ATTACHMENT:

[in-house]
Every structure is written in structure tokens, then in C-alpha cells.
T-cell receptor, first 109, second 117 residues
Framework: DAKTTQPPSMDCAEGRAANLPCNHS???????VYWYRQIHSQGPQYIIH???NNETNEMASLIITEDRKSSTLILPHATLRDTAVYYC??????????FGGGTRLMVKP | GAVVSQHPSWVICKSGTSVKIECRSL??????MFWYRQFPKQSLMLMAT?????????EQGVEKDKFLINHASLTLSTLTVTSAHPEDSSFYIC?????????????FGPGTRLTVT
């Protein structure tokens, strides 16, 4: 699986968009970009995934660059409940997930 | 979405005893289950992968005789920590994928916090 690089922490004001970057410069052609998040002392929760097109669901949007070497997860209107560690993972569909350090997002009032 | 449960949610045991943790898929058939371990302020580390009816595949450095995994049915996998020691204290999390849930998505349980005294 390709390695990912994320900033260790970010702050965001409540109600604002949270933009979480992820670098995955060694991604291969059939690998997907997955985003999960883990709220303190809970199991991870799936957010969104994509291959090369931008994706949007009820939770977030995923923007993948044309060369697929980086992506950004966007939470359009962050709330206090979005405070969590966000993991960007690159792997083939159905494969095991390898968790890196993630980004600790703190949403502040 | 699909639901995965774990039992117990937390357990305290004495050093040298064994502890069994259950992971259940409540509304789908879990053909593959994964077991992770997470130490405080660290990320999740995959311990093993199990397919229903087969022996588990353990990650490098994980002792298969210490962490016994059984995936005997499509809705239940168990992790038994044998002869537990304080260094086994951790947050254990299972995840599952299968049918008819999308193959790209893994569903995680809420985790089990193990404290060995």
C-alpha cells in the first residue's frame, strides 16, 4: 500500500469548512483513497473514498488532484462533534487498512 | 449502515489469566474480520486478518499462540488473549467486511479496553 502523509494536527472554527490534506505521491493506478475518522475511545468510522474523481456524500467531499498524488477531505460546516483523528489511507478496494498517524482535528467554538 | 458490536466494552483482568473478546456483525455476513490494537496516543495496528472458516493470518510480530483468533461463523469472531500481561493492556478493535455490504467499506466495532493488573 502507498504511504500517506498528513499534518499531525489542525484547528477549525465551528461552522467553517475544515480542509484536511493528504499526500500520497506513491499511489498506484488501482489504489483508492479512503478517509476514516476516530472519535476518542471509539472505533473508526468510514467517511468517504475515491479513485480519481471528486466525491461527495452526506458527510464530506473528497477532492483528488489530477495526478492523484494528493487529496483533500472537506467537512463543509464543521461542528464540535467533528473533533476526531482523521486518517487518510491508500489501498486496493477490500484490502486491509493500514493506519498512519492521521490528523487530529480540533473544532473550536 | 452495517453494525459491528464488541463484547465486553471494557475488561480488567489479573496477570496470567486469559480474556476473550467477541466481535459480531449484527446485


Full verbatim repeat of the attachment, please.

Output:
[in-house]
Every structure is written in structure tokens, then in C-alpha cells.
T-cell receptor, first 109, second 117 residues
Framework: DAKTTQPPSMDCAEGRAANLPCNHS???????VYWYRQIHSQGPQYIIH???NNETNEMASLIITEDRKSSTLILPHATLRDTAVYYC??????????FGGGTRLMVKP | GAVVSQHPSWVICKSGTSVKIECRSL??????MFWYRQFPKQSLMLMAT?????????EQGVEKDKFLINHASLTLSTLTVTSAHPEDSSFYIC?????????????FGPGTRLTVT
């Protein structure tokens, strides 16, 4: 699986968009970009995934660059409940997930 | 979405005893289950992968005789920590994928916090 690089922490004001970057410069052609998040002392929760097109669901949007070497997860209107560690993972569909350090997002009032 | 449960949610045991943790898929058939371990302020580390009816595949450095995994049915996998020691204290999390849930998505349980005294 390709390695990912994320900033260790970010702050965001409540109600604002949270933009979480992820670098995955060694991604291969059939690998997907997955985003999960883990709220303190809970199991991870799936957010969104994509291959090369931008994706949007009820939770977030995923923007993948044309060369697929980086992506950004966007939470359009962050709330206090979005405070969590966000993991960007690159792997083939159905494969095991390898968790890196993630980004600790703190949403502040 | 699909639901995965774990039992117990937390357990305290004495050093040298064994502890069994259950992971259940409540509304789908879990053909593959994964077991992770997470130490405080660290990320999740995959311990093993199990397919229903087969022996588990353990990650490098994980002792298969210490962490016994059984995936005997499509809705239940168990992790038994044998002869537990304080260094086994951790947050254990299972995840599952299968049918008819999308193959790209893994569903995680809420985790089990193990404290060995």
C-alpha cells in the first residue's frame, strides 16, 4: 500500500469548512483513497473514498488532484462533534487498512 | 449502515489469566474480520486478518499462540488473549467486511479496553 502523509494536527472554527490534506505521491493506478475518522475511545468510522474523481456524500467531499498524488477531505460546516483523528489511507478496494498517524482535528467554538 | 458490536466494552483482568473478546456483525455476513490494537496516543495496528472458516493470518510480530483468533461463523469472531500481561493492556478493535455490504467499506466495532493488573 502507498504511504500517506498528513499534518499531525489542525484547528477549525465551528461552522467553517475544515480542509484536511493528504499526500500520497506513491499511489498506484488501482489504489483508492479512503478517509476514516476516530472519535476518542471509539472505533473508526468510514467517511468517504475515491479513485480519481471528486466525491461527495452526506458527510464530506473528497477532492483528488489530477495526478492523484494528493487529496483533500472537506467537512463543509464543521461542528464540535467533528473533533476526531482523521486518517487518510491508500489501498486496493477490500484490502486491509493500514493506519498512519492521521490528523487530529480540533473544532473550536 | 452495517453494525459491528464488541463484547465486553471494557475488561480488567489479573496477570496470567486469559480474556476473550467477541466481535459480531449484527446485